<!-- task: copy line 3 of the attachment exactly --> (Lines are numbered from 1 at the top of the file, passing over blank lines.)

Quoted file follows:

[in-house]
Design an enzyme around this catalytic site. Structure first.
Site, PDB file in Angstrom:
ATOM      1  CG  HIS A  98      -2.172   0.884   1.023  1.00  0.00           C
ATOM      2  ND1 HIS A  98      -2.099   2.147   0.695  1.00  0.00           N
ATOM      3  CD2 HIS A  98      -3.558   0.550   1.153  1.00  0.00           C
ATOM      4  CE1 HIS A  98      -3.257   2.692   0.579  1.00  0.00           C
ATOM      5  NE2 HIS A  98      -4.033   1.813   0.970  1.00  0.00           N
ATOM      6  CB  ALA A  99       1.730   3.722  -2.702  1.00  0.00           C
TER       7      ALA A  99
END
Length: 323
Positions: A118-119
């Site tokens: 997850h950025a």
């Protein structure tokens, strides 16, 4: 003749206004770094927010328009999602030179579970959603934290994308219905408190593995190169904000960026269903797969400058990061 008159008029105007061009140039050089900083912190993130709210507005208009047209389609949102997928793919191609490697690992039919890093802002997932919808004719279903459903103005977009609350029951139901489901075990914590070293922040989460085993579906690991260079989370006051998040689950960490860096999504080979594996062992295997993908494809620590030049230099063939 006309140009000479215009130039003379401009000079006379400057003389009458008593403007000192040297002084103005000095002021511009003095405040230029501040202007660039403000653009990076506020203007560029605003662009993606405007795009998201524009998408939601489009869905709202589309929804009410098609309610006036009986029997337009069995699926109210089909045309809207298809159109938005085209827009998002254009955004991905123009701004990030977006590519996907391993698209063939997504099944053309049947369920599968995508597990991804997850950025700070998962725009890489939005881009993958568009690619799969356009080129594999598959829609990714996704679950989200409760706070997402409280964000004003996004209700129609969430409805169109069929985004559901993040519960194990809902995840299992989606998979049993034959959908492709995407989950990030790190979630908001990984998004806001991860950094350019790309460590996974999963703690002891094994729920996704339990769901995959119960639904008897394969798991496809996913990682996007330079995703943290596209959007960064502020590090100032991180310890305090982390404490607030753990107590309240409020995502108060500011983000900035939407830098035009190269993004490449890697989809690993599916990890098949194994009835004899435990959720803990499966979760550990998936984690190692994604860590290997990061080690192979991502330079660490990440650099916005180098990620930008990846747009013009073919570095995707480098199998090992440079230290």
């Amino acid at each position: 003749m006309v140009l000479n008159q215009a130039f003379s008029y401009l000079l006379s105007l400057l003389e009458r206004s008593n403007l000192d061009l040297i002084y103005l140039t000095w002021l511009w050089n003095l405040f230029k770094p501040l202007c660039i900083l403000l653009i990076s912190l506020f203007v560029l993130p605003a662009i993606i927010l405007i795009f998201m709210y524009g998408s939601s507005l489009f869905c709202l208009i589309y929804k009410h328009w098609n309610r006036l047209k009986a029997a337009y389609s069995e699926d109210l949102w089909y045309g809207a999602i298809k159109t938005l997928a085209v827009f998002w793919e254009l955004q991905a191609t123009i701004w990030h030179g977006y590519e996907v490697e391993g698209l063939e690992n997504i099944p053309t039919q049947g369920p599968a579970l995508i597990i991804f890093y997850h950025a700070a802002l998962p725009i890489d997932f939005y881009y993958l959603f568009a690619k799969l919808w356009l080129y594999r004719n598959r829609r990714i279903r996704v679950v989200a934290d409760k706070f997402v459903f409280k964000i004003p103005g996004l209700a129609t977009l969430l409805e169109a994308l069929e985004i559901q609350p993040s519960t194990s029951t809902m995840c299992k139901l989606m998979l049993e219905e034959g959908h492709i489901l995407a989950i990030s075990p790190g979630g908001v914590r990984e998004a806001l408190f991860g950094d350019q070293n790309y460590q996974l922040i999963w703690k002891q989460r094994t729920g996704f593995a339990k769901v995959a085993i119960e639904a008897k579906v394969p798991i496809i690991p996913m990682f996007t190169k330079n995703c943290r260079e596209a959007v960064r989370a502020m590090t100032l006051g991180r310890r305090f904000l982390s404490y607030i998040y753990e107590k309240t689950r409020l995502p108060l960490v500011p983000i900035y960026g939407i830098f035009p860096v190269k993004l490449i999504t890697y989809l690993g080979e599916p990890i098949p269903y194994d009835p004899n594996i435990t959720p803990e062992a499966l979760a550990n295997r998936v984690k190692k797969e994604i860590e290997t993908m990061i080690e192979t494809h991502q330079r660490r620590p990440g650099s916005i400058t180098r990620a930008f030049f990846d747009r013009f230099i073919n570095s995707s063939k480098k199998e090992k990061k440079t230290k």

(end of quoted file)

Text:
Site, PDB file in Angstrom: